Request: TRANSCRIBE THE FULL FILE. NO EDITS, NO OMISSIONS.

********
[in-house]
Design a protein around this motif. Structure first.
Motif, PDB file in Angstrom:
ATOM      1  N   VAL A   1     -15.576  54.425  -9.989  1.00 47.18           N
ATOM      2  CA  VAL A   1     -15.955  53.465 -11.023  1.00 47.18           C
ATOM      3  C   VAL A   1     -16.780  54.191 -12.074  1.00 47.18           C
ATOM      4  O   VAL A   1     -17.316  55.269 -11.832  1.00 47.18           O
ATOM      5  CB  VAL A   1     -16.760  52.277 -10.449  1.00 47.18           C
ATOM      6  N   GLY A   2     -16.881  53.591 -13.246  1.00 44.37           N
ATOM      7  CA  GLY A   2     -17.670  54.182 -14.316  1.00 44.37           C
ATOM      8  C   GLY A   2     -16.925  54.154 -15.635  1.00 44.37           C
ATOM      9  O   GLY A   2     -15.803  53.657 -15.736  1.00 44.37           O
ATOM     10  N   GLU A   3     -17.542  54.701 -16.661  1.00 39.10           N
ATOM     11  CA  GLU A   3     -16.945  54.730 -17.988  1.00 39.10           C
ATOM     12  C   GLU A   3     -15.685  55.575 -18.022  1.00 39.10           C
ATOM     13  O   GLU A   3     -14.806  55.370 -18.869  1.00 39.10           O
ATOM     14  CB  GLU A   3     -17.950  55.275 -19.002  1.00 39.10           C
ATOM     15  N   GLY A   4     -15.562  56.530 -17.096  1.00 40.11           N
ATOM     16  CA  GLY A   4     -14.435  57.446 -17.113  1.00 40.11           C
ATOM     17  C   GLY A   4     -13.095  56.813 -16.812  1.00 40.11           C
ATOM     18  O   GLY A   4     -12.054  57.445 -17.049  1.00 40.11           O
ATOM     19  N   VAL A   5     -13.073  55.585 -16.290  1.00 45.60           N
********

[in-house]
Design a protein around this motif. Structure first.
Motif, PDB file in Angstrom:
ATOM      1  N   VAL A   1     -15.576  54.425  -9.989  1.00 47.18           N
ATOM      2  CA  VAL A   1     -15.955  53.465 -11.023  1.00 47.18           C
ATOM      3  C   VAL A   1     -16.780  54.191 -12.074  1.00 47.18           C
ATOM      4  O   VAL A   1     -17.316  55.269 -11.832  1.00 47.18           O
ATOM      5  CB  VAL A   1     -16.760  52.277 -10.449  1.00 47.18           C
ATOM      6  N   GLY A   2     -16.881  53.591 -13.246  1.00 44.37           N
ATOM      7  CA  GLY A   2     -17.670  54.182 -14.316  1.00 44.37           C
ATOM      8  C   GLY A   2     -16.925  54.154 -15.635  1.00 44.37           C
ATOM      9  O   GLY A   2     -15.803  53.657 -15.736  1.00 44.37           O
ATOM     10  N   GLU A   3     -17.542  54.701 -16.661  1.00 39.10           N
ATOM     11  CA  GLU A   3     -16.945  54.730 -17.988  1.00 39.10           C
ATOM     12  C   GLU A   3     -15.685  55.575 -18.022  1.00 39.10           C
ATOM     13  O   GLU A   3     -14.806  55.370 -18.869  1.00 39.10           O
ATOM     14  CB  GLU A   3     -17.950  55.275 -19.002  1.00 39.10           C
ATOM     15  N   GLY A   4     -15.562  56.530 -17.096  1.00 40.11           N
ATOM     16  CA  GLY A   4     -14.435  57.446 -17.113  1.00 40.11           C
ATOM     17  C   GLY A   4     -13.095  56.813 -16.812  1.00 40.11           C
ATOM     18  O   GLY A   4     -12.054  57.445 -17.049  1.00 40.11           O
ATOM     19  N   VAL A   5     -13.073  55.585 -16.290  1.00 45.60           N